The plants are much larger now at this time in the season and there's a problem with the detection boxes coalescing:

    I vaguely remember seeing something somewhere in some code that could possibly stop this happening .... but where / how?

  • Now Works in Bright Sunshine!

    Hacker◎18426305/14/2019 at 09:07 0 comments

    After adding about 1,000 'labels' as described in the previous log, rather surprisingly, the detection now works very well in bright sunlight with strong shadows:

    It can be seen that the blue detection boxes are tighter on the plants than before. Here's the training graph, 4 hours on AWS Px2 xtra large:
    It does not look particularly impressive, but the training did seem to need 300 epochs to add the new features. Next step is to upgrade the camera to Logitech Brio 4K, which has 4x the pixels of the C930E and test on the WEEDINATOR robot.

  • Labels / NOT / Images !

    Hacker◎18426305/13/2019 at 11:50 0 comments

    It's all about the number of labels, not the number of images. A proportion of the images should be close up, high resolution, but, quite possibly, a large number can be lower resolution, so I decided to include photographs of the seedlings in groups of 9 as below:

    This reduces image processing times in that we get 9 labelled objects for one cropped photo and labeling itself is quicker as 'selecting image time' is reduced.
    The new, lower resolution images can now be uploaded to DIGITS and we can test the deployment success on the actual seed beds as before and check for false positives etc.

  • First Real Time Deployment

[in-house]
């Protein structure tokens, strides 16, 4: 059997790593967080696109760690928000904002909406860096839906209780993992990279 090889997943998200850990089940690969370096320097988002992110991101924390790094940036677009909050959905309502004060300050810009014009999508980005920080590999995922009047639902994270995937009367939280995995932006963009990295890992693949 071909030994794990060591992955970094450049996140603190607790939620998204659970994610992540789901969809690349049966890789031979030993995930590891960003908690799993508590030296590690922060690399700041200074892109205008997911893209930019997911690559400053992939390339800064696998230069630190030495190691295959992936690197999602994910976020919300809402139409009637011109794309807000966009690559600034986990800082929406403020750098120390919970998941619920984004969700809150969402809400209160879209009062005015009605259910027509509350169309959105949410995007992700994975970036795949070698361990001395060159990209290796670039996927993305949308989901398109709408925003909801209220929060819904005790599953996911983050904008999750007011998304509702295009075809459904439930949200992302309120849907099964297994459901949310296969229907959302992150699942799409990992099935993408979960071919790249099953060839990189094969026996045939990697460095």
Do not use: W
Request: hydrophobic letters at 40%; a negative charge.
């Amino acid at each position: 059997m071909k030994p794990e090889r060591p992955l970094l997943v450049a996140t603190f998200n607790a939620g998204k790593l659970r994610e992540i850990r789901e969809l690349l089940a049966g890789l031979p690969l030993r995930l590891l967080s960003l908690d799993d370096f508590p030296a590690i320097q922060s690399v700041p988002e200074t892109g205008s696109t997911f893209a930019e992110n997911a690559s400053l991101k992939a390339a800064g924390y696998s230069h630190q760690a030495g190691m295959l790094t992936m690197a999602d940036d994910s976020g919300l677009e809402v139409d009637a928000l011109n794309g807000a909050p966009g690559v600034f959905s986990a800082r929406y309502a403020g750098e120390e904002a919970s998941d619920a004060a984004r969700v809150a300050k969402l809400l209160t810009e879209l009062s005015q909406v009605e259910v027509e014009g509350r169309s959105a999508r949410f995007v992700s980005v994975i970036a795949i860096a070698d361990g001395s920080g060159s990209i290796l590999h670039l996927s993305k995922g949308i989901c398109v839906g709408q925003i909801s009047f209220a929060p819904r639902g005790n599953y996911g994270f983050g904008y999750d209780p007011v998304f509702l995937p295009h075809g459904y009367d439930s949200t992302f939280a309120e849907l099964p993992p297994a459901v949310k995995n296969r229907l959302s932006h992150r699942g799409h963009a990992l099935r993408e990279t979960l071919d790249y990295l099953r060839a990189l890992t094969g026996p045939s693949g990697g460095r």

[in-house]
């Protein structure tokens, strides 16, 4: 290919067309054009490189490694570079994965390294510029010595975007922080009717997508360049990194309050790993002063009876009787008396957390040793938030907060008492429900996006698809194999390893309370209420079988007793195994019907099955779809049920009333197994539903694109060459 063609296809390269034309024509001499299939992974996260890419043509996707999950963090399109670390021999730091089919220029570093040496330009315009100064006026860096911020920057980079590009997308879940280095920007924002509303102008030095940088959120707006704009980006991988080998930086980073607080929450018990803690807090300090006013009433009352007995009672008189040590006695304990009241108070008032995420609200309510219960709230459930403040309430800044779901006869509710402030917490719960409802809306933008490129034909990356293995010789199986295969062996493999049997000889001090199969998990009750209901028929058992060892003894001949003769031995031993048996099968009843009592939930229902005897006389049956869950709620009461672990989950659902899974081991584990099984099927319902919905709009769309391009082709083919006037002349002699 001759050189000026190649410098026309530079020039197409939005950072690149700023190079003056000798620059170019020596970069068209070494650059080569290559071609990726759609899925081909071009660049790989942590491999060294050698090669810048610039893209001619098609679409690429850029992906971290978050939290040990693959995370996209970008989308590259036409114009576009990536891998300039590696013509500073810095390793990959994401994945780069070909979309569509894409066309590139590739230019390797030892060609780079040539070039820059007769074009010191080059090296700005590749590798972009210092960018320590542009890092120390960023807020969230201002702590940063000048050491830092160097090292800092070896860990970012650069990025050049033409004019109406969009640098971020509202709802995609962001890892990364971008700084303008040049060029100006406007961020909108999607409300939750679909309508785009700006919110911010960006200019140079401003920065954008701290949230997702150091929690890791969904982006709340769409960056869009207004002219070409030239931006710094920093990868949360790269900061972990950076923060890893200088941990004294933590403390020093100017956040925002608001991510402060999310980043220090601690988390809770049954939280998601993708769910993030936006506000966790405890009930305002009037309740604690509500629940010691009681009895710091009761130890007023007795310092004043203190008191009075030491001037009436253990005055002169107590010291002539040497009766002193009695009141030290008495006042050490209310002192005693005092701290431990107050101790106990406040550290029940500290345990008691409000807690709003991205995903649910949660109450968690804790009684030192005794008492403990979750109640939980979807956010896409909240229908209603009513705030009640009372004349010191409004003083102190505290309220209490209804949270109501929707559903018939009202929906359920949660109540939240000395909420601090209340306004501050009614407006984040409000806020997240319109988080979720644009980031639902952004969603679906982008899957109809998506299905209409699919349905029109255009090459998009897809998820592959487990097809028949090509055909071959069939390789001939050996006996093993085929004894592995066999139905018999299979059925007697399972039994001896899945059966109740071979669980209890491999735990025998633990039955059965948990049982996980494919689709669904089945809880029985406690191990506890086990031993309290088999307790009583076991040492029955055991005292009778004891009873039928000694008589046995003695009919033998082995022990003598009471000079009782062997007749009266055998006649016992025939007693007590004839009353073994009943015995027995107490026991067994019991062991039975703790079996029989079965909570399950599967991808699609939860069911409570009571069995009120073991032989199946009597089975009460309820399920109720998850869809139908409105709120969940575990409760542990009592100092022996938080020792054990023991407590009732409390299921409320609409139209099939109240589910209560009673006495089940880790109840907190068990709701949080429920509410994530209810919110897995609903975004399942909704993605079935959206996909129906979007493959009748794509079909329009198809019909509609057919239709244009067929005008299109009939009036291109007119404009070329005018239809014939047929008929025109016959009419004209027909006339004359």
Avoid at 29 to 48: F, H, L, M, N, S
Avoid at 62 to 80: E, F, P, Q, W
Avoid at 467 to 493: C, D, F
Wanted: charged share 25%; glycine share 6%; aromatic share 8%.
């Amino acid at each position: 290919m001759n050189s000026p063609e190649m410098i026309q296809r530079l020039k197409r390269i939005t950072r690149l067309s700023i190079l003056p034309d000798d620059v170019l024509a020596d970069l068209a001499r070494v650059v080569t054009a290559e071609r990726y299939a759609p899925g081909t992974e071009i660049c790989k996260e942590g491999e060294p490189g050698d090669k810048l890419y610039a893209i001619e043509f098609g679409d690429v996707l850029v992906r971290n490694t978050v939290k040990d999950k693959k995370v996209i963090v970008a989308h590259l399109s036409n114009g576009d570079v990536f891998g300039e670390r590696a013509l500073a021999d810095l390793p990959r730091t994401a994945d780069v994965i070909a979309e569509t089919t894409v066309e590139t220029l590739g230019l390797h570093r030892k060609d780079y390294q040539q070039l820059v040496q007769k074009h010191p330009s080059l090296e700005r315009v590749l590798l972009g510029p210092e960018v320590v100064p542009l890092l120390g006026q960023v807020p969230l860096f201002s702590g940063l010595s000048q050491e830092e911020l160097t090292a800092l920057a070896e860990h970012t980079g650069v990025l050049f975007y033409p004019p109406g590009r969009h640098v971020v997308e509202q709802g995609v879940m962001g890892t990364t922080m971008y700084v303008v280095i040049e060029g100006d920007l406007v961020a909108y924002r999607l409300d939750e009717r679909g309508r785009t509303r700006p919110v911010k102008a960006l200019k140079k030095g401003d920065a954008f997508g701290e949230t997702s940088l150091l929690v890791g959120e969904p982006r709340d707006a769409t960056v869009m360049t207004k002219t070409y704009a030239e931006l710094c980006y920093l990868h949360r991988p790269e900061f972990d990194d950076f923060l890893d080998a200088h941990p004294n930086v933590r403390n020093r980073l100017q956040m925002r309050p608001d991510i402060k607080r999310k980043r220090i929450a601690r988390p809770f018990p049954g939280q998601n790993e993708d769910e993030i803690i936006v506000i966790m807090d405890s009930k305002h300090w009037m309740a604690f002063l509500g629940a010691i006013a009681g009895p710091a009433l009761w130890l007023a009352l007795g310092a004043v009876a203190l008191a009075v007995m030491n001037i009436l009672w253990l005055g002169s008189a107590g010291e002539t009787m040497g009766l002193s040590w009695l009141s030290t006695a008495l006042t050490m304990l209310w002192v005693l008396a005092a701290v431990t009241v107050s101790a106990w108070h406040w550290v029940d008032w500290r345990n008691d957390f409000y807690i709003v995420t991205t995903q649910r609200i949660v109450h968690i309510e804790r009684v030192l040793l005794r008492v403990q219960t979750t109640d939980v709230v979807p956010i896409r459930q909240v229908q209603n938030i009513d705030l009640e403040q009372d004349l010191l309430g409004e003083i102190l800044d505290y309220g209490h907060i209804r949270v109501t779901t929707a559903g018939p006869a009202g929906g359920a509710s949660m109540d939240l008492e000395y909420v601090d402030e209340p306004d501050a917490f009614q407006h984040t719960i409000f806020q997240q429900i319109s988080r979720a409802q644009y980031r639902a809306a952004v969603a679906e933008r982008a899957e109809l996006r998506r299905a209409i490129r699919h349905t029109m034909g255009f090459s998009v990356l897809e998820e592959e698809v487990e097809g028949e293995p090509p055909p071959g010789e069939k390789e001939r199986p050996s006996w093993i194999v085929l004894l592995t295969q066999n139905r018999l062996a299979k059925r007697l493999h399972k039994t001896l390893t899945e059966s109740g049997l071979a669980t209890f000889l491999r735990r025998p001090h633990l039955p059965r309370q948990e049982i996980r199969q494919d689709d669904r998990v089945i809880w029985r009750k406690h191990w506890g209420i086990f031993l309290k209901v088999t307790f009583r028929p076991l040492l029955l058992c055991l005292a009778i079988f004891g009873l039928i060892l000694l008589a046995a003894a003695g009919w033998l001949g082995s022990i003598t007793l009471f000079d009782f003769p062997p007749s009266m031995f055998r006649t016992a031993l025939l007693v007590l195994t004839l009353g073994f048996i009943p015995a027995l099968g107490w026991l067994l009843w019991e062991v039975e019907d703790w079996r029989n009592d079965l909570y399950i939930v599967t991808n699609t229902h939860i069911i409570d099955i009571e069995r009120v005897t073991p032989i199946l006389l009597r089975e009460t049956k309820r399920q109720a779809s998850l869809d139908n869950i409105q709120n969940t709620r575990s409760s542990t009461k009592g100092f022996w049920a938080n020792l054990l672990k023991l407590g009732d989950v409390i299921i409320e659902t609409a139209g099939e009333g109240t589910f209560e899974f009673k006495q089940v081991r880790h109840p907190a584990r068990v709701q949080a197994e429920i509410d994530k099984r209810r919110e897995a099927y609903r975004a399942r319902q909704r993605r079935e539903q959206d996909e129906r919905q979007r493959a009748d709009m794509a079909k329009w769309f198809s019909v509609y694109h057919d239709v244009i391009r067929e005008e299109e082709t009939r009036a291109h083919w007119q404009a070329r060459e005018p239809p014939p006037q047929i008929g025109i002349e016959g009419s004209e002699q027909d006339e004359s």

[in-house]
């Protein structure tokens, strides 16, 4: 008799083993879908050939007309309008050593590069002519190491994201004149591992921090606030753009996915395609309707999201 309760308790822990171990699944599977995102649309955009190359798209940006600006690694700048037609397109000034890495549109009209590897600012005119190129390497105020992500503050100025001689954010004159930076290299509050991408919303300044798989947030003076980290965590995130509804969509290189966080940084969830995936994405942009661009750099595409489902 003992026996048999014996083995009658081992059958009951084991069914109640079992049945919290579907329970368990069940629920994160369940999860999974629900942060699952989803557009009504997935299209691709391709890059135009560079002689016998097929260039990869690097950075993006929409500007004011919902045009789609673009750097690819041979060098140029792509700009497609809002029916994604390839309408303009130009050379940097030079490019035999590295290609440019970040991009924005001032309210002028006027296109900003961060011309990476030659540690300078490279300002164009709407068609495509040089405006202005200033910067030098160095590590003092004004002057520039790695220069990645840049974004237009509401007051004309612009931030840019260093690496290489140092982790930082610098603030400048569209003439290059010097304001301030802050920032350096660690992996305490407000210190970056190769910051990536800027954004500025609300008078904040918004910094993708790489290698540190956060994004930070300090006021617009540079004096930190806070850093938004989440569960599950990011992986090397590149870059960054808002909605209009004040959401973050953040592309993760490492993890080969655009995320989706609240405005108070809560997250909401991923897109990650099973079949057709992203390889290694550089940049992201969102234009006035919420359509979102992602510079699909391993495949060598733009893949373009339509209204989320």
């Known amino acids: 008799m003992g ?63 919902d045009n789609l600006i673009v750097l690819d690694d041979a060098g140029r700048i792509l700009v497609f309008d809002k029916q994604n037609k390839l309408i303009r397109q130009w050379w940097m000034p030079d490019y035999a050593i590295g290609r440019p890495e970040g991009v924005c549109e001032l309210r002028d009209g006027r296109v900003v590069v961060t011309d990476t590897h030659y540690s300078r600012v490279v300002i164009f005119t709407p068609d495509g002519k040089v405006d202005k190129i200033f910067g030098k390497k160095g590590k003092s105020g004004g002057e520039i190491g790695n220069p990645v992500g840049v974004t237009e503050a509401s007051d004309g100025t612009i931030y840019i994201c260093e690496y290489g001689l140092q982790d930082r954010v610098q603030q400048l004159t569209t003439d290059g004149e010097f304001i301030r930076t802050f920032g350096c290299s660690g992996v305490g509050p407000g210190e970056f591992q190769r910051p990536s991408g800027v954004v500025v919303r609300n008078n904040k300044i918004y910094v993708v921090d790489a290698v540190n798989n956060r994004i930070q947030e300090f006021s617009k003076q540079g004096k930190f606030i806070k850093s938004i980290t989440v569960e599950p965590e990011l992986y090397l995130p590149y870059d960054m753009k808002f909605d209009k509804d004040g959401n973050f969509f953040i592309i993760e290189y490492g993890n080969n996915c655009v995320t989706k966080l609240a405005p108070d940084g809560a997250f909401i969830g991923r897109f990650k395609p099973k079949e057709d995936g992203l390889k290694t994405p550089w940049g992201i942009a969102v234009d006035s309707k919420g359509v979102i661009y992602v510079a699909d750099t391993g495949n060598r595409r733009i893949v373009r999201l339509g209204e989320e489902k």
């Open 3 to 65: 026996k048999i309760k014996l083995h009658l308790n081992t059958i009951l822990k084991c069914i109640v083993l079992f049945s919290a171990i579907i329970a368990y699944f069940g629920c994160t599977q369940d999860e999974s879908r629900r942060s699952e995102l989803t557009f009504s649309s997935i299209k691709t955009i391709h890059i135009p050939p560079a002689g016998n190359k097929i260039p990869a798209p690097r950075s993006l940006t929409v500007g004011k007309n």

Hacker◎18426305/10/2019 at 14:40 0 comments

    On a relatively small dataset of just 2064 images, we're already getting good results detecting swede plants. The boxes are not tight on the crops yet and this can probably be cured by adding a load of null images of the soil. Shadows are also a problem and additional images will probably be added with shadows to counter that.

  • First Training Results

    Hacker◎18426305/09/2019 at 18:35 0 comments

    After uploading 2067 image sets to AWS, training results look very promising, with good convergence at 100 epochs. Total time to rain = 2 hours. I took the trouble to photograph the swedelings at different ranges, so that some will have intricate detail, whilst others will not.

  • First Seedlings Planted

    Hacker◎18426304/21/2019 at 18:05 0 comments

    350 swedelings have been planted. The weather is dry and hot. Each plant is exactly 11" apart to match the weeding pattern of the robot. A giant wooden set square and carefully placed string lines are used for positioning.

    Next to plant are onions - something more challenging for the computer vision.

  • Eradicating Straw

    Hacker◎18426304/18/2019 at 12:31 0 comments

    From experiences using computer vision last year, some of the cameras got very confused by bits of dry vegetable matter, particularly long thin bits, or 'straw' lying on the surface of the soil. The previous log shows a very scrappy plot, mainly due to this straw being turned over near the surface rather than buried. A pass with the plough turns the soil over to about 8" depth and should help bury the rubbish. The test plot is now left to dry out and any remaining weeds to get blasted by the strong sunlight we're getting at the moment: